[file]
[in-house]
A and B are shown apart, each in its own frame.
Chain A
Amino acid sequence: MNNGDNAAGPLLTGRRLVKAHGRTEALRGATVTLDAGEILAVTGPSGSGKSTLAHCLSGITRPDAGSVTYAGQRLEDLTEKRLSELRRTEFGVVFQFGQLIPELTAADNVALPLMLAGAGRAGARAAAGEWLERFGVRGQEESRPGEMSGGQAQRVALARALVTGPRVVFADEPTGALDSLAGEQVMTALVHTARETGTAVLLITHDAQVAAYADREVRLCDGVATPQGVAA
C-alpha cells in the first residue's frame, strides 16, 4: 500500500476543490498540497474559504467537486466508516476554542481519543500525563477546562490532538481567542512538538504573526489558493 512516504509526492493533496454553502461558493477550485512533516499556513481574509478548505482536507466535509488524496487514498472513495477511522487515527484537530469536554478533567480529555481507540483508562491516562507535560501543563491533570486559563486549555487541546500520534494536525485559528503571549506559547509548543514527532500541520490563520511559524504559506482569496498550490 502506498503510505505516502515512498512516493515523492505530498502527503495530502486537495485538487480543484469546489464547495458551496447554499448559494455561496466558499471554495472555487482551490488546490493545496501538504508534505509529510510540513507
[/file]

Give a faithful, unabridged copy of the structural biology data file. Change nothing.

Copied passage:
[in-house]
A and B are shown apart, each in its own frame.
Chain A
Amino acid sequence: MNNGDNAAGPLLTGRRLVKAHGRTEALRGATVTLDAGEILAVTGPSGSGKSTLAHCLSGITRPDAGSVTYAGQRLEDLTEKRLSELRRTEFGVVFQFGQLIPELTAADNVALPLMLAGAGRAGARAAAGEWLERFGVRGQEESRPGEMSGGQAQRVALARALVTGPRVVFADEPTGALDSLAGEQVMTALVHTARETGTAVLLITHDAQVAAYADREVRLCDGVATPQGVAA
C-alpha cells in the first residue's frame, strides 16, 4: 500500500476543490498540497474559504467537486466508516476554542481519543500525563477546562490532538481567542512538538504573526489558493 512516504509526492493533496454553502461558493477550485512533516499556513481574509478548505482536507466535509488524496487514498472513495477511522487515527484537530469536554478533567480529555481507540483508562491516562507535560501543563491533570486559563486549555487541546500520534494536525485559528503571549506559547509548543514527532500541520490563520511559524504559506482569496498550490 502506498503510505505516502515512498512516493515523492505530498502527503495530502486537495485538487480543484469546489464547495458551496447554499448559494455561496466558499471554495472555487482551490488546490493545496501538504508534505509529510510540513507